While the intent of the proposal is admirable, the method is poor. If the people within the corridors of power of the parent club were receiving such a tremendous outcry for a health screening mandate, then why not formulate a proposal that has the courage of its convictions. Under the current proposal the sire and dam do not have to even pass their screening, or even receive the same screening. The retort to this, that the focus is about the flow of information, is mired by the fact that the results are not made available in a public database.

Personally I feel that anyone who does not health test at present are not going to start because of the Futurity, which is not even a point granting event. Hoping that American Kennel Club (AKC) will follow suit? Well, I have more bad news on that one too, AKC is nothing if not a business and doing anything that has the potential to lose entries is not high on its priority list.

Repeatedly, I hear the contention that other breed clubs have enacted similar measures and have had wonderful results. However, typically, these clubs reaped great results because they faced systemic problems (hip dysplasia in German Shepherds or Rottweilers, for example) in their breeds which could be identified with the application of a widely available screening. Unfortunately, this is simply not the case regarding Great Danes. Rather, these mandated screenings are not based on the most critical problems facing Danes, but on which certifications are widely available.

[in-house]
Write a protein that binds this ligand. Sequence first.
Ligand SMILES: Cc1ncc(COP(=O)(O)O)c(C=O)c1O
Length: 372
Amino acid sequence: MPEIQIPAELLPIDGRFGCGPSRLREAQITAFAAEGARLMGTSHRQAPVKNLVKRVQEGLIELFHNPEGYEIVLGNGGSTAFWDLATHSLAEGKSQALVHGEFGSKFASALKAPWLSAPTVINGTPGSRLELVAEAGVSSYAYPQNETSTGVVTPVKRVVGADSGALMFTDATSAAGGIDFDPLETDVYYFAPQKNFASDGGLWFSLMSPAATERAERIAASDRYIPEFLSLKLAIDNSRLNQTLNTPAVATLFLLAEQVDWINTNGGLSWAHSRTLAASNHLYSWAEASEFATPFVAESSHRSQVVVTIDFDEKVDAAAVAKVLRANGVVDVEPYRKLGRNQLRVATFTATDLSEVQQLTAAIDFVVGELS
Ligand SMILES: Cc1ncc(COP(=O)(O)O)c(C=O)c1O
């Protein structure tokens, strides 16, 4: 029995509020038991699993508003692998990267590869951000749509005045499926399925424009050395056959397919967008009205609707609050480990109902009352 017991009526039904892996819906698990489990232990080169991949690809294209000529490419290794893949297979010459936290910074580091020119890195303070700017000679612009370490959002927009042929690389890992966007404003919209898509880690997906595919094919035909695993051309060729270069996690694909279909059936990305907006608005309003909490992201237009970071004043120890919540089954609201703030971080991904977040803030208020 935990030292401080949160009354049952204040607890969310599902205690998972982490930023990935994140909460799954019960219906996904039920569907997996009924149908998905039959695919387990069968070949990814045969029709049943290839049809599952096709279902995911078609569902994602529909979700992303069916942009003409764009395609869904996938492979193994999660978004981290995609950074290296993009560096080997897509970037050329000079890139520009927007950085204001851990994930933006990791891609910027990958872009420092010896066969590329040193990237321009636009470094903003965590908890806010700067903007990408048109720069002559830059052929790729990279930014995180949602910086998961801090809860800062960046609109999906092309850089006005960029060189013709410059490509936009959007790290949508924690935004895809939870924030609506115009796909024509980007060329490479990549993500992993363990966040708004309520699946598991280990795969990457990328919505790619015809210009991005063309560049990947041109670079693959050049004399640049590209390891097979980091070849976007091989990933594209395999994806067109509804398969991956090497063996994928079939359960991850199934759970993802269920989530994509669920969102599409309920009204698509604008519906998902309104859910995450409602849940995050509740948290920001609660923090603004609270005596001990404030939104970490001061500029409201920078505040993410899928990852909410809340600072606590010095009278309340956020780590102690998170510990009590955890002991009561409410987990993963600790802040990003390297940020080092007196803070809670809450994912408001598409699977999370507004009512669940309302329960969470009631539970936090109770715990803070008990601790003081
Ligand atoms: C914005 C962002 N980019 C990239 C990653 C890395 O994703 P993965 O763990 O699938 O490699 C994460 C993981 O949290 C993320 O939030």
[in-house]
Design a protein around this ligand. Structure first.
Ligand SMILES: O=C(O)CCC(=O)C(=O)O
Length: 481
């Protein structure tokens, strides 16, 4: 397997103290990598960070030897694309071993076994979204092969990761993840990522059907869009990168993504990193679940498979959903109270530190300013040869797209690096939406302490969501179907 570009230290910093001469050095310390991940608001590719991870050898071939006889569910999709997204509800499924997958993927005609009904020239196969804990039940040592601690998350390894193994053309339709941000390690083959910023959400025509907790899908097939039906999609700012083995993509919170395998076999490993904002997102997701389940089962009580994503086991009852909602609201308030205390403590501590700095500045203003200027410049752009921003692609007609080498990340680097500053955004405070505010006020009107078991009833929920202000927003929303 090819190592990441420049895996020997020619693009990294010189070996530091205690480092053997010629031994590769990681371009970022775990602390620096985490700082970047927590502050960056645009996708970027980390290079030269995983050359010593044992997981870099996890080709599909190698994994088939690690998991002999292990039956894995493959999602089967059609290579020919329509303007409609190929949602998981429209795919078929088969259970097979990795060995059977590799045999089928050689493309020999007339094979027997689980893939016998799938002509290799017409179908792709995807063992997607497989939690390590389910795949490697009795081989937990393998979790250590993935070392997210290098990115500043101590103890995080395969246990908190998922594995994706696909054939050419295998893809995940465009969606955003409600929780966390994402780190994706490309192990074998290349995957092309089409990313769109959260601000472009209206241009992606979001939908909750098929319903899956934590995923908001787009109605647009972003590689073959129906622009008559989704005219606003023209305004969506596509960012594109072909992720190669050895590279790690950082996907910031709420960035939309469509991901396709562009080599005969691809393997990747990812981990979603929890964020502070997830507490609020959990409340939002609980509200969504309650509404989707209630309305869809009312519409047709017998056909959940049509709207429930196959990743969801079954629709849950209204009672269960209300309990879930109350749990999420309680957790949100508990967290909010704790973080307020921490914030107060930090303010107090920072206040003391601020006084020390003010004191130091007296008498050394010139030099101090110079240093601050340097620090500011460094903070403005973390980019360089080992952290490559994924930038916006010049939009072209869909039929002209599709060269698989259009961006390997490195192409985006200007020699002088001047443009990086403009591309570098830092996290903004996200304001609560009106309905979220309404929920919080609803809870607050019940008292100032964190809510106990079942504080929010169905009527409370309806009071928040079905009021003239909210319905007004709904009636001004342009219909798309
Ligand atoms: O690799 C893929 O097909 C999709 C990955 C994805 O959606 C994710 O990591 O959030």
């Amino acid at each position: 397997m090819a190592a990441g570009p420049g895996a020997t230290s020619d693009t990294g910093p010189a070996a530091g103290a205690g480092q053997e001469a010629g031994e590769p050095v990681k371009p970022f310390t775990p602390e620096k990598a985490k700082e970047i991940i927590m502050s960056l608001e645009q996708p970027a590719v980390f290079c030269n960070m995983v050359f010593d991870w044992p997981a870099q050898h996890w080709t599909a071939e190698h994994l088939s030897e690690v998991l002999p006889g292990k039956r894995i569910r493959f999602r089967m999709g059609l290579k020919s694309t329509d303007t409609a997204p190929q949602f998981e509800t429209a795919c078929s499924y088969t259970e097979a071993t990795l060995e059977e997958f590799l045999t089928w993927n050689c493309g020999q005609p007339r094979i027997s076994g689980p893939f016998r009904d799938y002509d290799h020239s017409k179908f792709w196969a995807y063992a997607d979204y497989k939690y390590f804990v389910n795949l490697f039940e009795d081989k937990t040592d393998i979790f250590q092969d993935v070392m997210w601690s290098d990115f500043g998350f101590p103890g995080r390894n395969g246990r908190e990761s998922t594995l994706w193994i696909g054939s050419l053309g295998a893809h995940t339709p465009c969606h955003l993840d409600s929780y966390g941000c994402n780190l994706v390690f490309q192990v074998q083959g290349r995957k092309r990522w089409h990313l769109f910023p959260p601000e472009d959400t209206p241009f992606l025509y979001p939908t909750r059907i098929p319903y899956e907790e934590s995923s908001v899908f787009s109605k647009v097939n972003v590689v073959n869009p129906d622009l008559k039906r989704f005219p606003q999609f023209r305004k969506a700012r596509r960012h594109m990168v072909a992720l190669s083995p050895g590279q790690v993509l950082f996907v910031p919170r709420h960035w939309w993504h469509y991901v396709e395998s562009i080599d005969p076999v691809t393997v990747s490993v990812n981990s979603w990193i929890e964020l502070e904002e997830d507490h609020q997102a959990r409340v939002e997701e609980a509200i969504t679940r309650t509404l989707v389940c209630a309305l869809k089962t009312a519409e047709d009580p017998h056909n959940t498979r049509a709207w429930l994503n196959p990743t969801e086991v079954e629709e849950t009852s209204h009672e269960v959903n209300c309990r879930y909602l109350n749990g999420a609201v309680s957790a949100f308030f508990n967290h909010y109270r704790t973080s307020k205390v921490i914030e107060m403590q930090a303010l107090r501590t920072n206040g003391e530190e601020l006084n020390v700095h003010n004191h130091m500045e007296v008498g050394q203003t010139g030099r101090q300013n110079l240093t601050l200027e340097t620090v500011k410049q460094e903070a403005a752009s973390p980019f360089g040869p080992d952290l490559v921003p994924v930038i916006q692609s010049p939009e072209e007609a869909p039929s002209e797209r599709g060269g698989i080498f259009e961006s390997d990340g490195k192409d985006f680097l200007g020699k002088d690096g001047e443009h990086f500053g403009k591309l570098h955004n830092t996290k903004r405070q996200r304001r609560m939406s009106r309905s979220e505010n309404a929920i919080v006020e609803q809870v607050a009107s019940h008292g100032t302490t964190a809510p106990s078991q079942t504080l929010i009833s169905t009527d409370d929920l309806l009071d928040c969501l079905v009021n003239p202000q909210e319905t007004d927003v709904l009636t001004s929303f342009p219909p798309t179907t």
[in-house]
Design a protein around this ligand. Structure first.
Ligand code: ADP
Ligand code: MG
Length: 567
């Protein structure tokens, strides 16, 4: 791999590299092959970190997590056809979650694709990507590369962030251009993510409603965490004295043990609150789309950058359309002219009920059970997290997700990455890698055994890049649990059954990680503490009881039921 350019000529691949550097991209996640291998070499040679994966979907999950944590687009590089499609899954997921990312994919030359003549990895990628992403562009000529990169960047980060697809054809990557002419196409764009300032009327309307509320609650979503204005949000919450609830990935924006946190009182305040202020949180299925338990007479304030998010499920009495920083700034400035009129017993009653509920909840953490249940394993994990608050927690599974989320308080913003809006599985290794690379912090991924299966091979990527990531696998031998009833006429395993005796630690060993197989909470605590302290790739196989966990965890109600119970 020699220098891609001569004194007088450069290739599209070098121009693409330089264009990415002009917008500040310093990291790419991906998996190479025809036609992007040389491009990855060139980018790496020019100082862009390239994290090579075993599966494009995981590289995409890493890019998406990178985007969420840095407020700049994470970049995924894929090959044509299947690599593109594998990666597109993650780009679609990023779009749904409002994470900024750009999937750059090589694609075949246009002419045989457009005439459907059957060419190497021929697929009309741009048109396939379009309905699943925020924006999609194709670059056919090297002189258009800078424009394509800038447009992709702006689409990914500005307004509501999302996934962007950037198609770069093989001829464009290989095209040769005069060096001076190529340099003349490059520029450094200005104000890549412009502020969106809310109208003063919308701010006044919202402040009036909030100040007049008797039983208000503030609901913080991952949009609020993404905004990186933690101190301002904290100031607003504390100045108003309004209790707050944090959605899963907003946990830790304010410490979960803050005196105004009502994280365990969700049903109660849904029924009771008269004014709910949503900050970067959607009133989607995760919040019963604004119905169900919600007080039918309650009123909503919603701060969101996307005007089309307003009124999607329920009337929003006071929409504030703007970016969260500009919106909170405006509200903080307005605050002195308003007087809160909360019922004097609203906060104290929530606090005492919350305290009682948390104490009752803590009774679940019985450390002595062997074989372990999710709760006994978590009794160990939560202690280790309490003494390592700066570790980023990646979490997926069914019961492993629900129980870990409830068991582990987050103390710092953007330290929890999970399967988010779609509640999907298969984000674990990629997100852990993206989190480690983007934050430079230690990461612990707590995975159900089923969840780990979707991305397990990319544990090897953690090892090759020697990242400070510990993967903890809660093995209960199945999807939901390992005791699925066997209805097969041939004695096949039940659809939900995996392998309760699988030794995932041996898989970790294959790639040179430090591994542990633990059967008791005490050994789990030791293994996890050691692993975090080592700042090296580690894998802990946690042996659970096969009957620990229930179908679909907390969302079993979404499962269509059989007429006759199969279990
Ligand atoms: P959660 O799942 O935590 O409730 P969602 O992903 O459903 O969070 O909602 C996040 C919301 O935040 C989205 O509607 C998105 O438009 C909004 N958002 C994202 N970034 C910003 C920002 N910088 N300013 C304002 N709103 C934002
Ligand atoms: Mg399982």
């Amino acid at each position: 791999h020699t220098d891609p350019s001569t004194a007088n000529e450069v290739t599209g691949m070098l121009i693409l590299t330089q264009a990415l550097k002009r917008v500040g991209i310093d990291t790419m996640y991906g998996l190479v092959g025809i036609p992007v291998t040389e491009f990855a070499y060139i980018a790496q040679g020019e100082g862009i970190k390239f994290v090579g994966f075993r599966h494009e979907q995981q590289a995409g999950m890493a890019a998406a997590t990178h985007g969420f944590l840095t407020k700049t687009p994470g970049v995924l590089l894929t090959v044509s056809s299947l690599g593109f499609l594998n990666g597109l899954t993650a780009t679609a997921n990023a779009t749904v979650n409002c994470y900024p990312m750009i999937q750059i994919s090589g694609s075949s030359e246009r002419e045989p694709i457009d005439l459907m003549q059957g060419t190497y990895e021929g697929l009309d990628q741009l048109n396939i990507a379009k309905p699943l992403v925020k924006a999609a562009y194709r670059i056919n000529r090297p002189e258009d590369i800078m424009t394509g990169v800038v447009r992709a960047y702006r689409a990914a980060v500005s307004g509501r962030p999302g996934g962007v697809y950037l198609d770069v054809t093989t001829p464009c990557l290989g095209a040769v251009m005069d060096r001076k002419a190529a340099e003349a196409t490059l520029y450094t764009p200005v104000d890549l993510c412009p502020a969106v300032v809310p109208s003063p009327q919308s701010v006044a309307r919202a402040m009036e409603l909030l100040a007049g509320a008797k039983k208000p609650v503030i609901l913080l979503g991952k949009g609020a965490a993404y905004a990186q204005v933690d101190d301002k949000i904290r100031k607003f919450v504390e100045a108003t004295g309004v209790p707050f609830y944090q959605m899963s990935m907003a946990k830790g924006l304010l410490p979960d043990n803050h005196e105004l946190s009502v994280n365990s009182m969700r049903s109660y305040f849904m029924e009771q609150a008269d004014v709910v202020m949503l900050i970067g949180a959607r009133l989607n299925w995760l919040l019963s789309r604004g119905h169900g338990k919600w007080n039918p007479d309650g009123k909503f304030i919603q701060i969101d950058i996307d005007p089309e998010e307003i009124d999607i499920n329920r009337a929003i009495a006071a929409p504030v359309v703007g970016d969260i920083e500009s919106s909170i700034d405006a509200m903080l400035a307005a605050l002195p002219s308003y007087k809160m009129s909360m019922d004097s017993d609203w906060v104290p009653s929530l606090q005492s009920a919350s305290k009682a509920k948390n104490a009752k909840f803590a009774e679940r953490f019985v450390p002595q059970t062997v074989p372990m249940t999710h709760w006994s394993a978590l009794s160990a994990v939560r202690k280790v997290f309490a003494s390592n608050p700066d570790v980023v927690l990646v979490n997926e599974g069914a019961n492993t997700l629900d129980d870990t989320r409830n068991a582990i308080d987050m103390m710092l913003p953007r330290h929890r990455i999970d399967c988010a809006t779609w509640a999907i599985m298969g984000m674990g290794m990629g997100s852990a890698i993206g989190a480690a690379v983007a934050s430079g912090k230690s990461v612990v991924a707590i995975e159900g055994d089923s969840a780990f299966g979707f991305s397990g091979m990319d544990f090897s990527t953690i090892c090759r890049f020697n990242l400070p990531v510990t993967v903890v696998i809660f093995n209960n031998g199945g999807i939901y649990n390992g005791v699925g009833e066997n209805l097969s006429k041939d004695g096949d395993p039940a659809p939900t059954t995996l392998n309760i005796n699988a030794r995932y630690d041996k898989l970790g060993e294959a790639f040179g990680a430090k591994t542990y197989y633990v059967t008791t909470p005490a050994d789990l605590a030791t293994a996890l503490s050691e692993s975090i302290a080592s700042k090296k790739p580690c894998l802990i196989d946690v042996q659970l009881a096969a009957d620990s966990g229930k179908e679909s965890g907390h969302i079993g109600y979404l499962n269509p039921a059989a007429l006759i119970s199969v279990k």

Certifications are not an end in themselves. Besides, the majority of breeders (according to the 2002 GDCA National Health Survey) are already using health screenings as part of their breeding programs. The information is already there, so why focus on coercive tactics. Instead, honest conversations about pedigrees and individual dogs must be encouraged and should be the rule rather than the exception. However, the implementation of compulsory, yet ineffective, screening mandates runs completely counter to that goal. This creates an atmosphere of implied guilt, fueling the reluctance of experienced people in the breed to speak out. This deprives newcomers to the breed of guidance in the areas of ancestry and basic genetics, which are paramount in not only improving health issues, but also in areas of type, style, and temperament.

So, in the end, I believe that the legitimacy of the Futurity will be undermined by making it a more restrictive event. We will be excluding entire litters of worthwhile puppies from competition based on  their parents participation in unreliable screenings, rather than on the merit of their conformation.

Thus, implying that health screenings are an acid test of responsible, conscientious breeders would be a grave oversimplification of a complex issue. Instead, we should be spearheading efforts to develop more reliable and predictive tests such as genetic markers, while emphasizing a culture of honesty and camaraderie instead of coercion. Long term breeders have to stop hiding in the corner and speak up, breaking the silence born out of either apathy or frustration, and newcomers have to listen and be willing to learn. Pillars of the breed must reclaim control over the direction of Danes, providing the leadership we so desperately need. Sadly, this is something no health screening can provide.